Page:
Environment Ministry: Peru retains 90 percent of its Amazonian forests, despite deforestation

Peru retains 69 million hectares — or 90 percent — of its virgin Amazon forests, despite deforestation, according to a study by Peru’s Environment Ministry, official state new agency Andina reported.

According to the Ministry’s report, deforestation — caused by logging, industrial-scale agriculture, mining and oil extraction, and infrastructure and road development — resulted in the loss of approximately 150,000 hectares per year between 1990 and 2000.

Between 1980 and 1990, the rate of deforestation was 260,000 hectares per year.

To tackle deforestation and mitigate climate change, the Ministry of Agriculture launched a nationwide tree-planting project last January.

Peru’s Environment Ministry has also requested a $220 million loan from Japan to create and secure national protected areas, which are designed to preserve 18.2 million hectares of land – including 17 million hectares of forest – across the Andean country.

A scientific report prepared by The Andean Community, CAN, and presented in May 2008 to the EU-Latin American Summit, offered a devastating analysis of the effects of global climate change on the region in general and on Peru’s and Brazil’s Amazon basin in particular.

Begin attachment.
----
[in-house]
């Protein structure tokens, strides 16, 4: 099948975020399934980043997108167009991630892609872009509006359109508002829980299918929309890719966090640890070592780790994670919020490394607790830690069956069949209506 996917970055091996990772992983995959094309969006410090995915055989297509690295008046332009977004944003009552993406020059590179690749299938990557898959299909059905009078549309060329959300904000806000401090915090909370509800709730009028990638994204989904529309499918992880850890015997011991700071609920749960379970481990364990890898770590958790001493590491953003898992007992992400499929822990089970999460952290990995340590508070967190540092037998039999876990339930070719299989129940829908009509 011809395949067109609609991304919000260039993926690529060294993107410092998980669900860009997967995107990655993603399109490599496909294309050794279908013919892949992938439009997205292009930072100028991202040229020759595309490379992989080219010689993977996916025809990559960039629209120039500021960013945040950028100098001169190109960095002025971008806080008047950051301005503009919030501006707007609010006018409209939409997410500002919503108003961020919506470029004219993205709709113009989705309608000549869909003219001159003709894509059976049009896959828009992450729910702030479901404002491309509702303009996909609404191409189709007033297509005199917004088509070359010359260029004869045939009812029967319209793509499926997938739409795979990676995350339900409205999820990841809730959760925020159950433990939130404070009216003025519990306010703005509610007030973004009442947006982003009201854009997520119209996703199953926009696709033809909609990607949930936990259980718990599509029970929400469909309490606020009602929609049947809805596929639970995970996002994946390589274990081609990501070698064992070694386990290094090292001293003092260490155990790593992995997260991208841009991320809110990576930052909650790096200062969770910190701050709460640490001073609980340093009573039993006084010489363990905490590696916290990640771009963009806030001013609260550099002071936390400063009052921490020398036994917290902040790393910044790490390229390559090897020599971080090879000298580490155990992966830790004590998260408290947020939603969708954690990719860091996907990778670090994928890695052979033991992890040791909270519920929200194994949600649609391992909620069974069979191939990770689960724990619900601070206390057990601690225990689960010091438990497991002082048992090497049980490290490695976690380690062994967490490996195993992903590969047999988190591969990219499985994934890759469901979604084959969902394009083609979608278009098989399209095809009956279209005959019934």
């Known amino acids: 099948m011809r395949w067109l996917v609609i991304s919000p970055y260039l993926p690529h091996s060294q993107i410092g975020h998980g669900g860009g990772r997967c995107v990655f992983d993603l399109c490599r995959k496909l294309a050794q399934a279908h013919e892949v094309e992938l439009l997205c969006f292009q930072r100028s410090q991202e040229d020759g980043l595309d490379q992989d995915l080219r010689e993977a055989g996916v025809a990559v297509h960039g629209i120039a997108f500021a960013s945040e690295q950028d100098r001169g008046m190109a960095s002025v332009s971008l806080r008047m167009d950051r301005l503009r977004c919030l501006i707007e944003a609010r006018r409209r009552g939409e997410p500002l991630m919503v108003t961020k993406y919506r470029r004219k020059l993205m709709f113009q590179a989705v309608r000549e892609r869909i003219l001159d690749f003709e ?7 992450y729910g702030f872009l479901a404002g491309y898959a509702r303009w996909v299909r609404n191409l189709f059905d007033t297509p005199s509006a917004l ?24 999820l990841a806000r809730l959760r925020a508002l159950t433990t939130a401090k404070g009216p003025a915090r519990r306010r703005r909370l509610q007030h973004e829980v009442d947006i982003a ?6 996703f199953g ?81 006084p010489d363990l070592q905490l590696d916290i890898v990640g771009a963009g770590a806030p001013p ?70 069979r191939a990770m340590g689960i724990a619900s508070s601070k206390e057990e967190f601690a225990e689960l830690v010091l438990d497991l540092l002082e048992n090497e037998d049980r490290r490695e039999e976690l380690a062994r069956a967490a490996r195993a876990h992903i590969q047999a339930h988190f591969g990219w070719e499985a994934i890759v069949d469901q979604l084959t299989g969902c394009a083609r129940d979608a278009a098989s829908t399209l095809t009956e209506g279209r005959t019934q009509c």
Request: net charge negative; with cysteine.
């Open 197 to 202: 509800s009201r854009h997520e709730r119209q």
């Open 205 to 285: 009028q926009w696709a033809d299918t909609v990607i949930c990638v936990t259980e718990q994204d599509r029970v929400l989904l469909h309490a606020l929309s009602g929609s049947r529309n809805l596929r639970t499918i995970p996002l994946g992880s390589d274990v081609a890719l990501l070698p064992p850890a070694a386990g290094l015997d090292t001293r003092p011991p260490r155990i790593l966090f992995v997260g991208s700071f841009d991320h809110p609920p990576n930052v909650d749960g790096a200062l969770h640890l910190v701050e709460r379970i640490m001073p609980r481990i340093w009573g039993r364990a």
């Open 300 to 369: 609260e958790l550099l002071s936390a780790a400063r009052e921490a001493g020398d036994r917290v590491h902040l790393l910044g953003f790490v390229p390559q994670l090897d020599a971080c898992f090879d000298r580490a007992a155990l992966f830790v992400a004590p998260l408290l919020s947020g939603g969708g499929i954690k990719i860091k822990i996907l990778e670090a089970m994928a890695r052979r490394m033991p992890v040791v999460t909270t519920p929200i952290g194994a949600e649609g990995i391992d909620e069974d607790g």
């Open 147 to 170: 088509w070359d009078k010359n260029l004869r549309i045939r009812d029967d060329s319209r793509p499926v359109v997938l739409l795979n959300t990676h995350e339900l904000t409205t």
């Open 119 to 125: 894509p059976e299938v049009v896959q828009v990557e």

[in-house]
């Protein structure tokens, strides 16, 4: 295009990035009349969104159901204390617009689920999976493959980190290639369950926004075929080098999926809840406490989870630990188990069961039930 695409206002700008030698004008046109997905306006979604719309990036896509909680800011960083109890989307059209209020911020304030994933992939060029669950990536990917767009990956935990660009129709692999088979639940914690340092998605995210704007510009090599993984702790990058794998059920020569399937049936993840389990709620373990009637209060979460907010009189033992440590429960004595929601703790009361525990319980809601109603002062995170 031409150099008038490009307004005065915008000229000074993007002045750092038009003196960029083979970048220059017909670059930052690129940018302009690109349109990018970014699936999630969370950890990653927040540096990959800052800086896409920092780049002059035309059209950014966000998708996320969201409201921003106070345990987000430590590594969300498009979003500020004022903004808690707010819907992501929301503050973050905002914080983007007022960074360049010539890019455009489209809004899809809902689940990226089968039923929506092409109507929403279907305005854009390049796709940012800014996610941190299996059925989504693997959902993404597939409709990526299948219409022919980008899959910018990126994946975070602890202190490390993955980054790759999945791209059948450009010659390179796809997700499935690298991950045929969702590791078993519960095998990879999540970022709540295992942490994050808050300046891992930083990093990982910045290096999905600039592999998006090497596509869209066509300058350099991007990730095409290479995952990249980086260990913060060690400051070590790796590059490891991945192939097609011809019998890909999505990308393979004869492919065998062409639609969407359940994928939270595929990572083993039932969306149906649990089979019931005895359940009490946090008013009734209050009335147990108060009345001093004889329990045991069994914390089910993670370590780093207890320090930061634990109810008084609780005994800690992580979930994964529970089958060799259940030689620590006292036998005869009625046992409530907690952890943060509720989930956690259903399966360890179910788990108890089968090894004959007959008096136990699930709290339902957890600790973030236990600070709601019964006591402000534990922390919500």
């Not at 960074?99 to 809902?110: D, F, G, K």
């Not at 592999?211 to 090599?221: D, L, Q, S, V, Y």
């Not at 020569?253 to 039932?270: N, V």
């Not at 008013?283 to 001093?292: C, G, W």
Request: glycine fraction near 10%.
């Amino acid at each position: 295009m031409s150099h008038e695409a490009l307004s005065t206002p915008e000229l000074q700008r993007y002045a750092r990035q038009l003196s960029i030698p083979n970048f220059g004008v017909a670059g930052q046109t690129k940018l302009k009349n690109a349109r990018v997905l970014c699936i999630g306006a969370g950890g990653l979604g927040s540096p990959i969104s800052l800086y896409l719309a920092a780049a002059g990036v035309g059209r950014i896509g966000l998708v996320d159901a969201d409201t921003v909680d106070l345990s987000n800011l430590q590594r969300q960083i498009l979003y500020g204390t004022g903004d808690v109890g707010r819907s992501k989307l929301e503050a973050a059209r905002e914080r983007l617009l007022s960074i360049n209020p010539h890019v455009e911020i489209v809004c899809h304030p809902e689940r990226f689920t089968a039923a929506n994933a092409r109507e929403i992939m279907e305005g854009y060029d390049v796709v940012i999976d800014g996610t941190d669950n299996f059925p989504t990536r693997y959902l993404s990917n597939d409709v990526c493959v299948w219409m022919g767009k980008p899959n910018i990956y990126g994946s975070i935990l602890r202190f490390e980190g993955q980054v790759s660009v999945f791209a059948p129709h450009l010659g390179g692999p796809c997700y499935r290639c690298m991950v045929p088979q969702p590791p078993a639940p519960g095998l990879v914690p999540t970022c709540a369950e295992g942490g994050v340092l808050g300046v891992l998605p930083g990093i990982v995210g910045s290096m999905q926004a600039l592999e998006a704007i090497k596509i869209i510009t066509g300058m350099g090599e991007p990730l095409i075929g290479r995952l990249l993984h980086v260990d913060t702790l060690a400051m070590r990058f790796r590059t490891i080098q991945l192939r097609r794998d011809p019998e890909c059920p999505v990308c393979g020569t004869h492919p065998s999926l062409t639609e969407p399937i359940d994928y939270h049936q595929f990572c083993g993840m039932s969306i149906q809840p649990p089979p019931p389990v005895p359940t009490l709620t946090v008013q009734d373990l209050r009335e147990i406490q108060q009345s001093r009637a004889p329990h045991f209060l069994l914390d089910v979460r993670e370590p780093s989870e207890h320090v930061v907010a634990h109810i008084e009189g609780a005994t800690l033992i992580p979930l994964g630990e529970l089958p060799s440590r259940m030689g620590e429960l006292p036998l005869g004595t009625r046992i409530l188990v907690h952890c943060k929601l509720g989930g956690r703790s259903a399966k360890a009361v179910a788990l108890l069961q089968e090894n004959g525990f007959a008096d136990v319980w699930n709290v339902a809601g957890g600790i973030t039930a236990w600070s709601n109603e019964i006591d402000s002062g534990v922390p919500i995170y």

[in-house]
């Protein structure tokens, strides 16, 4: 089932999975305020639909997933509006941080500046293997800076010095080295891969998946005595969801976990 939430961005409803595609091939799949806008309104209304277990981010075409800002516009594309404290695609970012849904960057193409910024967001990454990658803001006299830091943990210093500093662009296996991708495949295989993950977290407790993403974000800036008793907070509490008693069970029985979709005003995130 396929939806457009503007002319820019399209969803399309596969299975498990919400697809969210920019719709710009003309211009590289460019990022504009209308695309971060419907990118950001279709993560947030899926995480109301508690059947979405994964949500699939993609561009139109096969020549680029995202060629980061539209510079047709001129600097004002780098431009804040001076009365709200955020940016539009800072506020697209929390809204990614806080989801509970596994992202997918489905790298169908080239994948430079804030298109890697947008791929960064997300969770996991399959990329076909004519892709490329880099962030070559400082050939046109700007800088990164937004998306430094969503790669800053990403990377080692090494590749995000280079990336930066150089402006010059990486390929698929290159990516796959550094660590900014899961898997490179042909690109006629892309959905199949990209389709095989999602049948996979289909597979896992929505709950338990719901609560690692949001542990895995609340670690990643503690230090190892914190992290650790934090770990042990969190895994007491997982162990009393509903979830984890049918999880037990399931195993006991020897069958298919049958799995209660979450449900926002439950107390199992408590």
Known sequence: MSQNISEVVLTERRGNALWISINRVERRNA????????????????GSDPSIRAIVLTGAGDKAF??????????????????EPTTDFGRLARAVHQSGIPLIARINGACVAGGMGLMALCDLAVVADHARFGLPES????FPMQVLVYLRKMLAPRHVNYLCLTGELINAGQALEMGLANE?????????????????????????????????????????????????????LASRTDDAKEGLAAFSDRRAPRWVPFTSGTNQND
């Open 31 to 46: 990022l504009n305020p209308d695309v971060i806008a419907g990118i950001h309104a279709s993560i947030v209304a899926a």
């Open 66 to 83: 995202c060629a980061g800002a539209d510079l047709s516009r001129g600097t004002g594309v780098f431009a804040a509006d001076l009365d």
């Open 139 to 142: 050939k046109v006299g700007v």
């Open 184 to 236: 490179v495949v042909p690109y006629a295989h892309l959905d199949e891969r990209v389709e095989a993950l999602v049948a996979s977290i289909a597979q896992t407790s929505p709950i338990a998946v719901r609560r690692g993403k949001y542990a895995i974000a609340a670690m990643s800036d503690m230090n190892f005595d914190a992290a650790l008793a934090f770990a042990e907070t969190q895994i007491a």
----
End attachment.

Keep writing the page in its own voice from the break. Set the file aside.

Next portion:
Fast-melting glaciers threaten to deprive 40 million people of water for human consumption, hydroelectric generation and agriculture by 2020, with the capital cities of Lima, Quito and La Paz among the hardest hit populations. The report predicts that economic losses from extreme weather shifts and disasters, including floods, droughts, freezing downpours of hail and landslides, could reach $30 billion by 2025 — the equivalent of 4.5 percent of Andean Community nations’ GDP — potentially halting development in Peru, Ecuador, Bolivia and Colombia.

Deforestation and a 30-year temperature rise that is 70 percent higher than the world average increase, along the eastern valleys of the Andes is threatening the ecological collapse and drying out of the Amazon rainforest, the report says.

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